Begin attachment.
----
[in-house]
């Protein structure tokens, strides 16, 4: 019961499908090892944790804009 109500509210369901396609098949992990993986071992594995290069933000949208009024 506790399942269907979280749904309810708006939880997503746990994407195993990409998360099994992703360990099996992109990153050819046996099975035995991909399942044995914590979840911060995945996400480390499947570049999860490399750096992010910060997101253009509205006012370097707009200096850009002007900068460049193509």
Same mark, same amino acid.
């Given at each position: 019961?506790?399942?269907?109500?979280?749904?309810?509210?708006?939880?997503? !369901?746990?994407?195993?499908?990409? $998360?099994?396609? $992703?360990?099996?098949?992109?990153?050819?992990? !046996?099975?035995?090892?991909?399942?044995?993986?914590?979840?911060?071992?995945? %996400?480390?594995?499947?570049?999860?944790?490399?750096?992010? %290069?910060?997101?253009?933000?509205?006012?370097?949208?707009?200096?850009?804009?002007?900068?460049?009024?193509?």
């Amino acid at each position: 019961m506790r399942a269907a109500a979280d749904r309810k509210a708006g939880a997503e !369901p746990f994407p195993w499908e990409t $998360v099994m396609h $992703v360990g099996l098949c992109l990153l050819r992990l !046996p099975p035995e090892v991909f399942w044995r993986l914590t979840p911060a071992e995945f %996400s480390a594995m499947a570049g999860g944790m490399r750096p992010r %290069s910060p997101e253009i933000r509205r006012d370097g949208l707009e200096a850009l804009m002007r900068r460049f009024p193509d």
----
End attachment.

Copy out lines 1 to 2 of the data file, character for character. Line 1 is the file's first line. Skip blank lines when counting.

[in-house]
């Protein structure tokens, strides 16, 4: 019961499908090892944790804009 109500509210369901396609098949992990993986071992594995290069933000949208009024 506790399942269907979280749904309810708006939880997503746990994407195993990409998360099994992703360990099996992109990153050819046996099975035995991909399942044995914590979840911060995945996400480390499947570049999860490399750096992010910060997101253009509205006012370097707009200096850009002007900068460049193509």